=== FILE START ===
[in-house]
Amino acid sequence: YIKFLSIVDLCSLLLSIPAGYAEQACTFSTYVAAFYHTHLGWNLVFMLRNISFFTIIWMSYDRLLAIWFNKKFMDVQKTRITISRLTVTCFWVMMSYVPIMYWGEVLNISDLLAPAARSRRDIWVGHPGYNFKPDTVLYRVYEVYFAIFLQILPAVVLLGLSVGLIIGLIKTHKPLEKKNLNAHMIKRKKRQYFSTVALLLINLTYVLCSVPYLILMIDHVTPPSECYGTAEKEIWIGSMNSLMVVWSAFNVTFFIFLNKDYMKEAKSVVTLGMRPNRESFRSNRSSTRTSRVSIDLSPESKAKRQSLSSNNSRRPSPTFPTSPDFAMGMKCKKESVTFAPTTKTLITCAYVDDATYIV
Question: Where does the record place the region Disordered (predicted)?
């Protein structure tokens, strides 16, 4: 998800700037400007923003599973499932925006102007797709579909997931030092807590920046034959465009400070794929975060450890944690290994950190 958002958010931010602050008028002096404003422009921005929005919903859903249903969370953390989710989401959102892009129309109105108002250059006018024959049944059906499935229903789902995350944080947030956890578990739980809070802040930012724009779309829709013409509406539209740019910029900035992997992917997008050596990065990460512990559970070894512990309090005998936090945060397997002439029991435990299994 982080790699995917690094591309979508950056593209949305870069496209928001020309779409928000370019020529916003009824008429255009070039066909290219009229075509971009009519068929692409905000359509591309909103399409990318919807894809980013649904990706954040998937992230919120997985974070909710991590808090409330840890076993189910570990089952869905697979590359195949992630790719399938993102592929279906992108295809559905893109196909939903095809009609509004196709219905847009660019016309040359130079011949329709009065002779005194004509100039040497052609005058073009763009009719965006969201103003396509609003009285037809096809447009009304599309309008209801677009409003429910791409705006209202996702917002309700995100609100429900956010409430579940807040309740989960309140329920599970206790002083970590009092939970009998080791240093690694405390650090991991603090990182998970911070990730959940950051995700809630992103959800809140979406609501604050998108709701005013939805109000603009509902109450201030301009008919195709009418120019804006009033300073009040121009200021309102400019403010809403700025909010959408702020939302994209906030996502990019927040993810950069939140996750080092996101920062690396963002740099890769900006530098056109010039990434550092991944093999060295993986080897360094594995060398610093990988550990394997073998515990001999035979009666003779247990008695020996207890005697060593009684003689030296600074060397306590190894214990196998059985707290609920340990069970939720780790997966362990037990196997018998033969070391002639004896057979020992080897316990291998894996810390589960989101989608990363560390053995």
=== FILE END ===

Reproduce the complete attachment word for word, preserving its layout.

[in-house]
Amino acid sequence: YIKFLSIVDLCSLLLSIPAGYAEQACTFSTYVAAFYHTHLGWNLVFMLRNISFFTIIWMSYDRLLAIWFNKKFMDVQKTRITISRLTVTCFWVMMSYVPIMYWGEVLNISDLLAPAARSRRDIWVGHPGYNFKPDTVLYRVYEVYFAIFLQILPAVVLLGLSVGLIIGLIKTHKPLEKKNLNAHMIKRKKRQYFSTVALLLINLTYVLCSVPYLILMIDHVTPPSECYGTAEKEIWIGSMNSLMVVWSAFNVTFFIFLNKDYMKEAKSVVTLGMRPNRESFRSNRSSTRTSRVSIDLSPESKAKRQSLSSNNSRRPSPTFPTSPDFAMGMKCKKESVTFAPTTKTLITCAYVDDATYIV
Question: Where does the record place the region Disordered (predicted)?
């Protein structure tokens, strides 16, 4: 998800700037400007923003599973499932925006102007797709579909997931030092807590920046034959465009400070794929975060450890944690290994950190 958002958010931010602050008028002096404003422009921005929005919903859903249903969370953390989710989401959102892009129309109105108002250059006018024959049944059906499935229903789902995350944080947030956890578990739980809070802040930012724009779309829709013409509406539209740019910029900035992997992917997008050596990065990460512990559970070894512990309090005998936090945060397997002439029991435990299994 982080790699995917690094591309979508950056593209949305870069496209928001020309779409928000370019020529916003009824008429255009070039066909290219009229075509971009009519068929692409905000359509591309909103399409990318919807894809980013649904990706954040998937992230919120997985974070909710991590808090409330840890076993189910570990089952869905697979590359195949992630790719399938993102592929279906992108295809559905893109196909939903095809009609509004196709219905847009660019016309040359130079011949329709009065002779005194004509100039040497052609005058073009763009009719965006969201103003396509609003009285037809096809447009009304599309309008209801677009409003429910791409705006209202996702917002309700995100609100429900956010409430579940807040309740989960309140329920599970206790002083970590009092939970009998080791240093690694405390650090991991603090990182998970911070990730959940950051995700809630992103959800809140979406609501604050998108709701005013939805109000603009509902109450201030301009008919195709009418120019804006009033300073009040121009200021309102400019403010809403700025909010959408702020939302994209906030996502990019927040993810950069939140996750080092996101920062690396963002740099890769900006530098056109010039990434550092991944093999060295993986080897360094594995060398610093990988550990394997073998515990001999035979009666003779247990008695020996207890005697060593009684003689030296600074060397306590190894214990196998059985707290609920340990069970939720780790997966362990037990196997018998033969070391002639004896057979020992080897316990291998894996810390589960989101989608990363560390053995």